Sorrowfully Pilgrim turned away from the hatch and saw another sailor standing there. He too looked just a little like the Captain. The man introduced himself as Disciple.
“How is it that you and Evangel look different from each other, and yet you both look something like the Captain? Are you related?” asked Pilgrim.
“I suppose you could say we are, in a way. The Captain treats us like family, and part of learning to be a sailor is learning to be more like the Captain. After awhile we all start to resemble the Captain to one degree or another. Some resemble him more and some less, but we’re all learning. You’ll start looking a bit like the Captain yourself as you learn to sail. Shall we get started?”
Disciple taught Pilgrim to tie knots, scrub the decks, trim the sails, and a hundred other things that a good sailor needs to know. There were many challenges, but time went quickly as Pilgrim began to develop his skills. He loved working with so many other sailors with so many different skills. He soon realized that each sailor seemed to have unique talents and a job that matched their talents. He began to see how the ship could not sail without each sailor in his place. It also became obvious to him that those still in the hold were not engaged in the work of sailing the ship and that they could never develop sailing skills as long as they remained in the hold. He began to long to teach the hold dwellers to sail.
Meanwhile, in the hold, Pilgrim’s departure had caused much consternation. Several committees had been formed to discuss why people left the hold. Some thought that if they brightened up the hold a bit then people would be less likely to leave, but most thought that a bright colored hold was against the rules of sailing, so the idea was vetoed. Others thought they should talk about the Captain more. Everyone agreed in theory, but felt that talk of the Captain should be balanced with training in managing shackles. This was tried for a while, but it seemed like only a few had seen the Captain pass by the grid, but everyone knew something about chains, so this approach fell flat. Some thought that if they talked more about sailing, then people would be less likely to leave the hold. Several people liked this idea. Unfortunately, someone who had once briefly been outside the hold scandalously mentioned the sun and the sea. The rest felt that it was inappropriate to talk about things outside the hold. It was agreed that light could be discussed as long as it was in reference to how it looked through the grid. Mention of the sun should be avoided. It was agreed that they could talk about sailing, but not about the sea.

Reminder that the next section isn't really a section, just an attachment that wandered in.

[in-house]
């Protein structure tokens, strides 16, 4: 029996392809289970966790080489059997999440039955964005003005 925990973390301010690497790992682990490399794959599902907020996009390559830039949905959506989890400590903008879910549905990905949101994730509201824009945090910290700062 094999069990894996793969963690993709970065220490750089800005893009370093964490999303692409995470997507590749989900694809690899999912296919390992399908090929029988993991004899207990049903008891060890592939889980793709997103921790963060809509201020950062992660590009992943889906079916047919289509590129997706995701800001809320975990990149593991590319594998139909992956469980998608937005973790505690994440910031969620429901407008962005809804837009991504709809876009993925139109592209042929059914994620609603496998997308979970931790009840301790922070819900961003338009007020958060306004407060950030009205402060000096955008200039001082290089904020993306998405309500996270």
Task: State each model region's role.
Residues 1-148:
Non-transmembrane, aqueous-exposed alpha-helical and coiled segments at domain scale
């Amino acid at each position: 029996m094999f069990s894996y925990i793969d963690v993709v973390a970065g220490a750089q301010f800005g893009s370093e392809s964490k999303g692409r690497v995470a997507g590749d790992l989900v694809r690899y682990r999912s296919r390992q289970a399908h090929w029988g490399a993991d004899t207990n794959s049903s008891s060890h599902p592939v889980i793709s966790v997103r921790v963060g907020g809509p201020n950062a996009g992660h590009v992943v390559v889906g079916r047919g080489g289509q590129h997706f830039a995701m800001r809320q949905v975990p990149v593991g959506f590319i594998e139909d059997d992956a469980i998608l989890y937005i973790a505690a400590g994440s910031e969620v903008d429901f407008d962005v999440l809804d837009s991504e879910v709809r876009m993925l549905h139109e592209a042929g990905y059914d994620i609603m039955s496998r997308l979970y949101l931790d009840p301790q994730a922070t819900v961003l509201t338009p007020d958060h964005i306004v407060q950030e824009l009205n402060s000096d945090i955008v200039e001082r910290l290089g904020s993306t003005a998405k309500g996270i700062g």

In the end a vote was held to pass a resolution confirming that the only place one could learn to be a real sailor and truly please the Captain was in the hold. Everyone was pleased with the vote and agreed that a strong resolution on the necessity of hold-dwelling in the life of a sailor was the best way to solve the problem of people leaving.
Every once in a while someone in the hold saw Pilgrim pass by the hatch. He looked strong, sun drenched, and happy. He looked like a sailor! The change was hard to explain, so they chalked it up to too much time spent carousing with naked natives.
Pilgrim had not been carousing with naked natives. He had been learning the Captain’s commands from the ship’s order parchment. He had been learning sailing skills from the Captain and from fellow sailors. He had developed many new skills, and, as Disciple had predicted, he had begun to look just a little like the Captain.
But still Pilgrim longed to have his own job as all the other sailors did. One day while talking with the Captain he asked him for a job that would fit his talents. The Captain turned to him with a twinkle in his eye and said, “I think you know what that job is. You’ve known since the day I pulled you from the darkness. Now you are ready.”
Pilgrim nodded, hugged the Captain then turned and headed for the hatch with the Ship’s order parchment in his hands. It wouldn’t be an easy job, but somewhere below in the darkness there were future sailors that needed to hear about the sunlight, the sea, and the Captain.